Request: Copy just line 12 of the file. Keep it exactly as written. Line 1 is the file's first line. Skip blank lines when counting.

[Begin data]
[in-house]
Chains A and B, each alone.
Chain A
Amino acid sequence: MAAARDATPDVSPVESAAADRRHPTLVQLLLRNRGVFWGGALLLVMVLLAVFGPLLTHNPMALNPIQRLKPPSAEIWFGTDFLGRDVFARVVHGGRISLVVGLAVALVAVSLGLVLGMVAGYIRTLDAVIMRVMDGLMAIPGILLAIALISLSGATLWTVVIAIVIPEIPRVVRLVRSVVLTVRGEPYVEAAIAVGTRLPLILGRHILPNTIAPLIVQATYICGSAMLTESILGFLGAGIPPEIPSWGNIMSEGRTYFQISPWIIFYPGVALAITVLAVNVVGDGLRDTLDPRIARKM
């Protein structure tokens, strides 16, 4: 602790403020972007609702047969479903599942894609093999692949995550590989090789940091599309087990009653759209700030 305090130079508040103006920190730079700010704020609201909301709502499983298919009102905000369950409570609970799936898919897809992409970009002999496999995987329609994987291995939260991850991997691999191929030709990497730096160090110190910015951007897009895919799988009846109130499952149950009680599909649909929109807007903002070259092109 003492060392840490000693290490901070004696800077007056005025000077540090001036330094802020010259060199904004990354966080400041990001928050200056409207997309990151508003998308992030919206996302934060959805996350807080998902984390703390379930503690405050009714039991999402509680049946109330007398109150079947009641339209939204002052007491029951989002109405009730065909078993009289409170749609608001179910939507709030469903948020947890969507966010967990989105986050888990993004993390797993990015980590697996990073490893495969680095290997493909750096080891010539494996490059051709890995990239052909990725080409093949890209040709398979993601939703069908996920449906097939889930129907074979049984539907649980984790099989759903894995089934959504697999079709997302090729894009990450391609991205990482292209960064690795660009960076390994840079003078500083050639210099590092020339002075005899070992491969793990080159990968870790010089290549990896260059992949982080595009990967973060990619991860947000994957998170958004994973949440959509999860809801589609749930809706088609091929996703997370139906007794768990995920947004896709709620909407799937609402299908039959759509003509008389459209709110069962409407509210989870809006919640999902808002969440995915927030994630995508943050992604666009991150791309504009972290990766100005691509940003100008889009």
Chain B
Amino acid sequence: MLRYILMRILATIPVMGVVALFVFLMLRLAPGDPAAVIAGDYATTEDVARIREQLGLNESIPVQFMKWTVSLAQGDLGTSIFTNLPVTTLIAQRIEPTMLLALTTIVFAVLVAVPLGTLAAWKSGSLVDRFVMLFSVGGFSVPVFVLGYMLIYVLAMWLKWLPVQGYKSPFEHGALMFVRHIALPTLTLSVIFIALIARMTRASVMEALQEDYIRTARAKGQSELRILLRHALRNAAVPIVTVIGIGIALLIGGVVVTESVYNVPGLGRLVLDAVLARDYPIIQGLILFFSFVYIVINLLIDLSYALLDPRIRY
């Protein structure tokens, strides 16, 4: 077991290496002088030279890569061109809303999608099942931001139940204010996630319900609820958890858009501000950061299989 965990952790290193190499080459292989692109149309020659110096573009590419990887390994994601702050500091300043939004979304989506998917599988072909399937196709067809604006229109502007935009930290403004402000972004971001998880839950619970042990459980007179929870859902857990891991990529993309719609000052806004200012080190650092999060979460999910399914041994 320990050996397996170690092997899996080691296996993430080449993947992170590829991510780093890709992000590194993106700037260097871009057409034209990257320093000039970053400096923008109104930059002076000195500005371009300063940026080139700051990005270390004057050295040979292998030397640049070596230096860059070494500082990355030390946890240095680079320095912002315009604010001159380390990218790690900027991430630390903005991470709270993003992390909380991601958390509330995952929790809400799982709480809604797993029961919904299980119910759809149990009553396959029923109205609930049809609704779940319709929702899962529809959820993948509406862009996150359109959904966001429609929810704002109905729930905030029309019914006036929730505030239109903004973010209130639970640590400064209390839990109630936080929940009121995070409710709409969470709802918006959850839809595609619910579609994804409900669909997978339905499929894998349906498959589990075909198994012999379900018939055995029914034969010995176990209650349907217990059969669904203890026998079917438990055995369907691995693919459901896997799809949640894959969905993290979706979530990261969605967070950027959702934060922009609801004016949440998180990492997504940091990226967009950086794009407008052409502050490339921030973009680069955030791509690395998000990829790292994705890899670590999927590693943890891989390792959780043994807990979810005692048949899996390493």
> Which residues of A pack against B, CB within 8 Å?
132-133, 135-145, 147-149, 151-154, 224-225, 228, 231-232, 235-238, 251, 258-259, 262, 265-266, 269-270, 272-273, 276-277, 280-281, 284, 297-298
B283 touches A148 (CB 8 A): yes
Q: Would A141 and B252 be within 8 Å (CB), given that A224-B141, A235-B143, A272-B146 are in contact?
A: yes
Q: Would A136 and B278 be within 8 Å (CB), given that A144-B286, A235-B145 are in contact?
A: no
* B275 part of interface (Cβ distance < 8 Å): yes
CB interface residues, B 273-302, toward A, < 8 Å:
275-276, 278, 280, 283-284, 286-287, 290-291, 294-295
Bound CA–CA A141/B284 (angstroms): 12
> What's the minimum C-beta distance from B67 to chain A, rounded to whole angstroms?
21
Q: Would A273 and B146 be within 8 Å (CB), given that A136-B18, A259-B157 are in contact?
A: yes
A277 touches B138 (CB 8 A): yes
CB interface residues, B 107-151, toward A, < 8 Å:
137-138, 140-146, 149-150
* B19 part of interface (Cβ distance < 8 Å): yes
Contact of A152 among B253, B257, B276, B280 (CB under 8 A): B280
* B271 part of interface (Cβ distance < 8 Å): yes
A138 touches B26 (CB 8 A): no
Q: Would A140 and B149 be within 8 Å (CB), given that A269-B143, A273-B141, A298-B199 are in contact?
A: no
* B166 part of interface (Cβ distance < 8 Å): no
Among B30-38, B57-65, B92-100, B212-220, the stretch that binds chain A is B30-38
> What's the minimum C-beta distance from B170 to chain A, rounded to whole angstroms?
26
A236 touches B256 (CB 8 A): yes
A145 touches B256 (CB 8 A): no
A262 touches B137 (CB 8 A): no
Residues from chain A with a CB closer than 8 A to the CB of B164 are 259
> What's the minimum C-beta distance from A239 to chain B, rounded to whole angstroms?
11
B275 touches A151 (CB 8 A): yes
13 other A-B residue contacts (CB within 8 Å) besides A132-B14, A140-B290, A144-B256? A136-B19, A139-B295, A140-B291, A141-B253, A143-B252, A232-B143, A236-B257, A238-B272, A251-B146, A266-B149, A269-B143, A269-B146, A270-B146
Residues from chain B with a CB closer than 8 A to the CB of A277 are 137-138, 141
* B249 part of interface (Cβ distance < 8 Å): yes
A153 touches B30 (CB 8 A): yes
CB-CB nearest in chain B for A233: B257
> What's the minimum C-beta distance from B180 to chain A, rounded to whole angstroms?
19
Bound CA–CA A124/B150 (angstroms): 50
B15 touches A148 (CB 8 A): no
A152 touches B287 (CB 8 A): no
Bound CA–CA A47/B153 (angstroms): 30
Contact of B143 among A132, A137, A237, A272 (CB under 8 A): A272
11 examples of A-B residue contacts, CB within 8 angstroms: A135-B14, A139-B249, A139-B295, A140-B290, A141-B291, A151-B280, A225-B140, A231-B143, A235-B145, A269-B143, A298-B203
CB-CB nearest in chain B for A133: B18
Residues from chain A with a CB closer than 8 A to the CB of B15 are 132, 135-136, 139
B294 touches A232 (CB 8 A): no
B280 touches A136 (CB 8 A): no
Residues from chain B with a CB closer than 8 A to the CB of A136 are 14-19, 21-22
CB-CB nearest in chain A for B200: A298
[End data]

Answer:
Q: Would A141 and B252 be within 8 Å (CB), given that A224-B141, A235-B143, A272-B146 are in contact?